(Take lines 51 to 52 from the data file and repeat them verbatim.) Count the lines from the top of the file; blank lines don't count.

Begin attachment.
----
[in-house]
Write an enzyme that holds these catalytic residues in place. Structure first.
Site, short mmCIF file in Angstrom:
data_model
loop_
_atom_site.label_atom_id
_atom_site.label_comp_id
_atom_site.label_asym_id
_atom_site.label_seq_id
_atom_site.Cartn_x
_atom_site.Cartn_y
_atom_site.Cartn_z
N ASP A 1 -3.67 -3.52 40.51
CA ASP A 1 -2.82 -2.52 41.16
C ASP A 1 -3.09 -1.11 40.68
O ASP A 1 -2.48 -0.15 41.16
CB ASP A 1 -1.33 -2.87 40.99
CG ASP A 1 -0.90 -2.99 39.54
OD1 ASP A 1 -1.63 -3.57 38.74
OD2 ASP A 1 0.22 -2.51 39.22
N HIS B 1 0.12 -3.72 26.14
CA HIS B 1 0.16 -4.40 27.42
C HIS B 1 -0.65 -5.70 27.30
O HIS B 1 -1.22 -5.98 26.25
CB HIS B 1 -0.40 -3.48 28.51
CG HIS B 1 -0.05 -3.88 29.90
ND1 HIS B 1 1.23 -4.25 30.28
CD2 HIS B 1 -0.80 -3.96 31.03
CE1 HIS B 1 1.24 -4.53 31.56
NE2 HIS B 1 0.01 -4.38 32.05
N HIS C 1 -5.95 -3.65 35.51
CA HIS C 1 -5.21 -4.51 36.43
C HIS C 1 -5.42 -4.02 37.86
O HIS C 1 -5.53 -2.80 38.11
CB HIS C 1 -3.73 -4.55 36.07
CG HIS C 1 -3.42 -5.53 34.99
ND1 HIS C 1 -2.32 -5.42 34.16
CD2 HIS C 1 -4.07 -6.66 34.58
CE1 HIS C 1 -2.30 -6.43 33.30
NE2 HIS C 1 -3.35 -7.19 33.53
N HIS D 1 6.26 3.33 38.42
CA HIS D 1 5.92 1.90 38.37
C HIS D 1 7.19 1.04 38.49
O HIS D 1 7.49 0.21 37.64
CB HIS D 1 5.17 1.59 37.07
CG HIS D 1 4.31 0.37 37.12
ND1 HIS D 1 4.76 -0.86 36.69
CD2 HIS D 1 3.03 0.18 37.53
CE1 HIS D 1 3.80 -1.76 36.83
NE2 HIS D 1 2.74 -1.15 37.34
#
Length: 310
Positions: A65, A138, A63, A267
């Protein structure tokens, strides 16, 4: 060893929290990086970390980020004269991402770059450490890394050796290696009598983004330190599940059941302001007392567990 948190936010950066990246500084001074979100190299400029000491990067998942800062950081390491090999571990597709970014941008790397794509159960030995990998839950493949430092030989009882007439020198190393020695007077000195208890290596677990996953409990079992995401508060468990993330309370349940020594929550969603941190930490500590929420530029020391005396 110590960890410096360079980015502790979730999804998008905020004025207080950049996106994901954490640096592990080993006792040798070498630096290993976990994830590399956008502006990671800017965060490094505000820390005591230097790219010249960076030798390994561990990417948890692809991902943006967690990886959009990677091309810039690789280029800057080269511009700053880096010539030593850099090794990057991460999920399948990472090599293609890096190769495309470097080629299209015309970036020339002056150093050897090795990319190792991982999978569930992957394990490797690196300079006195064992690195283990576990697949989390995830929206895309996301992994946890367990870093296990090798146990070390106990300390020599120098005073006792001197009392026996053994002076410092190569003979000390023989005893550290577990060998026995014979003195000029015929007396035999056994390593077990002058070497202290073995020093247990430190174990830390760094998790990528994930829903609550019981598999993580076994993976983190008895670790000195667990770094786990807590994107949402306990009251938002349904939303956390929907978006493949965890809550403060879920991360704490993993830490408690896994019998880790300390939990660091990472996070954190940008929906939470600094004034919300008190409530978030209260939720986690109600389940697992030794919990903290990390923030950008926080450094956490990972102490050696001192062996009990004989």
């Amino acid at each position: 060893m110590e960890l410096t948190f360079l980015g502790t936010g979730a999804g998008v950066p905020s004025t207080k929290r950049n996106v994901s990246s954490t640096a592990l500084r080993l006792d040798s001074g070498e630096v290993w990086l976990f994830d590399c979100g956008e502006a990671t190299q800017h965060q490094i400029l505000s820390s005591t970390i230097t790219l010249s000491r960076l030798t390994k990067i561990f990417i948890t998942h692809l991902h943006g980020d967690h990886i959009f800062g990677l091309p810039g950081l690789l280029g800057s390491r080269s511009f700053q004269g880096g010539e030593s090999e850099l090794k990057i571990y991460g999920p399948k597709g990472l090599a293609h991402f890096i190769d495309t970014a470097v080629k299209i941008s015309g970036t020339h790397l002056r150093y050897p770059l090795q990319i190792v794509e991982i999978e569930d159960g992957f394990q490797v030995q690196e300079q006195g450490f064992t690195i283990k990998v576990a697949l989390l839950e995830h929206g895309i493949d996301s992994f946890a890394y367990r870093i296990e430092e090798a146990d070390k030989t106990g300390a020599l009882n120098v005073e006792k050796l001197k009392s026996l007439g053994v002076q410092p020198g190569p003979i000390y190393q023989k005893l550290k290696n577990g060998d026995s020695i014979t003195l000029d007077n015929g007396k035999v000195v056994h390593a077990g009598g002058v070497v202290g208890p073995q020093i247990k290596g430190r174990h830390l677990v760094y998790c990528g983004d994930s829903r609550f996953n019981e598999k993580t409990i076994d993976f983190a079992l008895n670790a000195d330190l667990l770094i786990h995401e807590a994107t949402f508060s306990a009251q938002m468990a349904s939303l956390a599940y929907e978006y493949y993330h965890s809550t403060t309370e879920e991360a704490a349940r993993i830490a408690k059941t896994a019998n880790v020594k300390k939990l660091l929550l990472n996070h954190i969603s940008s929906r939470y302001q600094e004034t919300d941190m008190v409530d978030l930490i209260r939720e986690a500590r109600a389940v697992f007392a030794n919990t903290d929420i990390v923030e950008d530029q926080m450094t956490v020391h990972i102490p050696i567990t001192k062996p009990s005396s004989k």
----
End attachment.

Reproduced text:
#
Length: 310